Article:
To exemplify the way of reasoned inquiry for Buddhism the excerpt from the Milindapanha presents a philosophical dialogue between an inquisitive and skeptical King Milinda and a calm and learned Buddhist philosopher. Their discussion takes up the "ultimate unreality" of what we ordinarily conceive the individual person to be, the transcendent nature of the ultimate state of enlightenment (nỉvana/nibbana), and along the way the role of reasoning and wisdom in the pursuit of enlightenment. In addition to rationally plausible answers to fundamental questions, the reader is given a model of intellectual inquiry and argument that is itself a drawing near to ultimate realityo as Buddhists conceive it.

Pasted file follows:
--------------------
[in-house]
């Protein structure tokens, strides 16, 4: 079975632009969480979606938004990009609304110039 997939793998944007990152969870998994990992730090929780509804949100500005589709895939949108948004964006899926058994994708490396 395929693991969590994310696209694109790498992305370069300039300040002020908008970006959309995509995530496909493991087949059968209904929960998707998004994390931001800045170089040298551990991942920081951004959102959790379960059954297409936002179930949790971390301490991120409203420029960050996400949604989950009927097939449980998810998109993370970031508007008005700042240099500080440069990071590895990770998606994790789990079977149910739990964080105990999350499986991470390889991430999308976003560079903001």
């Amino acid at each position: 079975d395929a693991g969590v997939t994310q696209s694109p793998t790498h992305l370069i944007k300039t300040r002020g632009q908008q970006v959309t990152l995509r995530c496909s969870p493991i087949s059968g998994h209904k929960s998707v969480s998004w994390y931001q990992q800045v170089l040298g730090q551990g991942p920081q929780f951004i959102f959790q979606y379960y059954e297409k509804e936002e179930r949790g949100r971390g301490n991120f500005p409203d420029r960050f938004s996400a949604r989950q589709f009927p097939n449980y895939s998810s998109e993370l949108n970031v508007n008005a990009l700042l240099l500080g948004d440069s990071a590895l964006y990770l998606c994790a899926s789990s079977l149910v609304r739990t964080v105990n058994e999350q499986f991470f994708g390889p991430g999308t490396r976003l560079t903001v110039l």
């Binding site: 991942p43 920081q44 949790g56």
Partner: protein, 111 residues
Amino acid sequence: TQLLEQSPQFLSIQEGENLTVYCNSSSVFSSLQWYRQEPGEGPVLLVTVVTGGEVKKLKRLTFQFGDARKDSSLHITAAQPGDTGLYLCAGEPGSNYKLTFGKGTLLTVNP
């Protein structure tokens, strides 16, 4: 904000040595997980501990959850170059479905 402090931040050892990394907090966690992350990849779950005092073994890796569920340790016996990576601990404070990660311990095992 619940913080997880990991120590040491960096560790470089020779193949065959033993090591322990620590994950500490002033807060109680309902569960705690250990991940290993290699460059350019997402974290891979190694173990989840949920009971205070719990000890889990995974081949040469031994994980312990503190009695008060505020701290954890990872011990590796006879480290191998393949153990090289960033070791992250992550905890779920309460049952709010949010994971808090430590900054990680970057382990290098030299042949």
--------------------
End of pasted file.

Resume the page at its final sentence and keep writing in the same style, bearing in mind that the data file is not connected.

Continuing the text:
As an illustration of the way of reasoned inquiry as found in the Christian tradition, Anselm's Proslogion is simultaneously an impassioned seeking of God and a philosophical meditation. It aims, through rational argumentation, to rouse the mind of the reader from meditating on an idea of God that faith has-"that being than which nothing greater can be conceived"-to a recognition of the infinite realityo? to which that idea points. Here rational inference fuses with intuitive insight and discursive argument culminates in mystical awareness. Here too a model is presented of a form of intellectual inquiry and argument that is itself a drawing near to ultimate realityo? as Christians conceive it.